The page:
In a recent TED talk by Gary Kovacs CEO of Mozilla he introduced a new plugin called Collusion that allows you to see – at a glance – just how much information is being gleaned from you when you surf the web. And all without your permission.
As knowledge really is power collecting data about users should come as no surprise. Sometimes this is used for targeted advertising and that’s fine if you you chose to allow it. But as Collusion shows visiting a site can set off a range of other sites you haven’t visited that start storing information about where you’ve been what you’ve viewed and more. And as Kovacs explains in his talk tracking and collecting data on you me and everyone else is a multi-billion dollar business.
Collusion helps to reveal the intricate web of information tracked about you as you browse.
So what can you do about it?
You can’t necessarily stop it completely but it can help to simply be aware that when you browse the net – even using ‘safe’ modes like Chrome’s Incognito – that you actually leave a trail that sites make it their business to follow.
To see Kovac’s talk head here. For now here’s a brief rundown on Collusion and what you can do to try and keep your data to yourself.
Currently Collusion is a Firefox-only plugin so if you use IE or Chrome you’ll need to fire up Firefox to give it a go. To install Collusion head here.
Once installed restart Firefox and well do what you normally do. Later click on the small Collusion icon in the bottom-right of Firefox to show a dynamic map of the sites you visited and those that you didn’t where information has been stored about your visit.
Sites with a halo are the ones you chose to visit. You will often notice ancillary sites connected to these that were informed of your visit and where this data is being sent to. One site can connect to many others and these may then further share information about you with other sites.
All in all it’s a very eye-opening view of the sort of trail you leave just by browsing the web – even if you don’t submit any personal information at all and just click links as you browse sites are building a profile of your movements what you like and anything else your activities indicate.
Preventing being tracked
This isn’t necessarily easy. Some browsers like Firefox and IE (but not unfortunately Chrome) have a setting along the lines of ‘Tell web sites I do not want to be tracked’. This sets a flag in the HTTP header that tells a site not to store information about your visit. Unfortunately however this doesn’t mean much – a site has to honour it for it to be effective and most every site you visit won’t be aware of the setting let alone honour it.
Cookies if you remember are a tool used by web sites to store information about your visit and they are usually quite helpful: cookies can remember which threads you’ve read on a forum so you easily see new posts next time you visit; they are used to identify you when logged into a web site so you can for example purchase products online; some text fields such as username logins can be auto-populated via cookies; and they are often used to store personalised web site preferences that you choose (such as how many search results to return per page with Google for example).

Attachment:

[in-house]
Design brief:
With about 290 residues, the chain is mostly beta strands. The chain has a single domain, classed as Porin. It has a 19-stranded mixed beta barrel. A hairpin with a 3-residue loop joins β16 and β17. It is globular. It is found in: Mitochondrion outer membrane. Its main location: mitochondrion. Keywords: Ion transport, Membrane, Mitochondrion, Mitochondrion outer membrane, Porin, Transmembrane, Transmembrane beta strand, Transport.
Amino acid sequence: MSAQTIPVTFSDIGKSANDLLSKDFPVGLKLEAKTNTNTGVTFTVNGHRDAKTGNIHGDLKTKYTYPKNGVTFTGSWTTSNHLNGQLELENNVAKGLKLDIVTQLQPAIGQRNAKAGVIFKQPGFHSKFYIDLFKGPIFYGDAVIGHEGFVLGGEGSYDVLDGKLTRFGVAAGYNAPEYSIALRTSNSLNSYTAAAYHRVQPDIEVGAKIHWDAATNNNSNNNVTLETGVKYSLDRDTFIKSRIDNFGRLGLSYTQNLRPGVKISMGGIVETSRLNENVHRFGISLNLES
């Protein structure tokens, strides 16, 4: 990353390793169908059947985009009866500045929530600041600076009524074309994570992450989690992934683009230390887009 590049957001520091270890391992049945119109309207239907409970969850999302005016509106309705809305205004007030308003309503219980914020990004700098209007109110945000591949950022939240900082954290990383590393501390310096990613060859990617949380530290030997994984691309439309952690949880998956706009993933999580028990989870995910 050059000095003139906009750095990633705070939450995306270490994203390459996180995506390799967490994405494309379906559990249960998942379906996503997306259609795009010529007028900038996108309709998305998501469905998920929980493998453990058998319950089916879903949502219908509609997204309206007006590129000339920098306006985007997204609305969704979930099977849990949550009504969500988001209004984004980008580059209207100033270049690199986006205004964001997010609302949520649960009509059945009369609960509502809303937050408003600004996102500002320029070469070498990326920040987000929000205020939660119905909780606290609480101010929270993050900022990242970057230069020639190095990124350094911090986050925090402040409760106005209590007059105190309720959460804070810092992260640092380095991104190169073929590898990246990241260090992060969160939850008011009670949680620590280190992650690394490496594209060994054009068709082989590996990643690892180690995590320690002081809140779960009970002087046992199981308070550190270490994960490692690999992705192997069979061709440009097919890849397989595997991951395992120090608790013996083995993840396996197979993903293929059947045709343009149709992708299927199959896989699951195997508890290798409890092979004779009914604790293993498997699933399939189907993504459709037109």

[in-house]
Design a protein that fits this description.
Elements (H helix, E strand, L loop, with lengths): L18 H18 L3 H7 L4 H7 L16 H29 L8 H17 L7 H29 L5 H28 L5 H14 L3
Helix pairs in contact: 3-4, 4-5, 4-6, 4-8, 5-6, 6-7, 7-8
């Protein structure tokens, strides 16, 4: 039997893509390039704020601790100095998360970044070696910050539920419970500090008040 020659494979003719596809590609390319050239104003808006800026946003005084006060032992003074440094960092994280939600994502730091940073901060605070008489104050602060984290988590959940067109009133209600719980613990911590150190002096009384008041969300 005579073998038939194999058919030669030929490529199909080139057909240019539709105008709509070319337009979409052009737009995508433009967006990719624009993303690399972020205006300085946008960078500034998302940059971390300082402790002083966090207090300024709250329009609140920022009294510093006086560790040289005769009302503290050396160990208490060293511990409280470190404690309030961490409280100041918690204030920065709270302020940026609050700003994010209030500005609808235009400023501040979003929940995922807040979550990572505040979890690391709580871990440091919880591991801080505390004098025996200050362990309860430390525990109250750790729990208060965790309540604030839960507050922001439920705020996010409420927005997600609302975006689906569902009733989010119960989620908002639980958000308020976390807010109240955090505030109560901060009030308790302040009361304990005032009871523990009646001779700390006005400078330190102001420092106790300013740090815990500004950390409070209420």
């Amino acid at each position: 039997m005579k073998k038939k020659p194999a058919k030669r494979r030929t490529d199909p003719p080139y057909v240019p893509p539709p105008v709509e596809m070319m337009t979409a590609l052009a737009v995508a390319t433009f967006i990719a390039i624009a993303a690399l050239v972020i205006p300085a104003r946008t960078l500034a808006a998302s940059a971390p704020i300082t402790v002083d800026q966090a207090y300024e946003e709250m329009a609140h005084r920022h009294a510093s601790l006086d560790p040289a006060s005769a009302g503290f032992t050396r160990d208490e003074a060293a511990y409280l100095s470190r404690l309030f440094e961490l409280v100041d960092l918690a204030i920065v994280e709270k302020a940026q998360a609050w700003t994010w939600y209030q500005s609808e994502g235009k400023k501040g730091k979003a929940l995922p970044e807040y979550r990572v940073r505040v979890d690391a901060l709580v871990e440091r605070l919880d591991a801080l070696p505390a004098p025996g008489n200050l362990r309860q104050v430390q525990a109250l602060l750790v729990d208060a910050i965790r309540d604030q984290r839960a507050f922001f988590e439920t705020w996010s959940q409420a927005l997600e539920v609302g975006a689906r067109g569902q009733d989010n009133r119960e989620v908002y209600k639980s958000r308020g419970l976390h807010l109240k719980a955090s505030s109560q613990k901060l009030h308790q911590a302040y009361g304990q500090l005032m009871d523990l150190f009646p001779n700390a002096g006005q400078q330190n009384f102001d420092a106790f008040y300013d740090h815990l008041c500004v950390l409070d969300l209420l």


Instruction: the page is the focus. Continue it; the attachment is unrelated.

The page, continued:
The fact they can be used to track you is more an abuse of the privilege than the technology itself. Still as your browser stores cookies you have some control over how they are used.
Most browsers allow you to clear individual cookies from web sites or wipe all cookies along with other personalised data in your browser such as the browsing history. Doing this however is like throwing the baby out with the bathwater as nuking all cookies will also clear information you might want stored such as web site preferences.
Hence look for browser settings that allow you to do one or both of the following:
* Allow cookies to be set for the current session only.
* Block third-party cookies.
The first is an easy solution but note that when you close the browser the cookies are deleted so you lose any advantages of using cookies for later visits. The second is more useful – much of the data you see from the Collusion plugin is a result of third-party cookies. These are cookies which don’t form part of the site you are visiting but rather other elements on the site (such as an advert) from another domain that then set cookies in your browser and which are frequently used to track you. By denying third-party cookies only those from the site you actively visit will be stored (and though these could still be used to track you the exposure is much less).
In addition to this or alternatively there are specialised plugins that focus on privacy and can enhance the browser’s own settings such as Do Not Track Plus which is available for Firefox Chrome IE and Safari. Again even just using this plugin for a short time can be a real eye-opener about sites that try to track you.
Inevitably there is a trade-off when you go online – you’re not just consuming information from the net it’s consuming information about you. And as Kovacs pointed out in his talk this is in itself not necessarily a bad thing – if you’re going to come up against advertising it might as well be relevant to you. The problem is when you don’t know what profile of information about you is being stored where it’s being stored who’s using it and most importantly of all whether you’ve given permission for it. Which most of the time is not the case.
It’s important to go in eyes open when you browse the web and if you feel strongly enough to take precautions to keep data about you yours.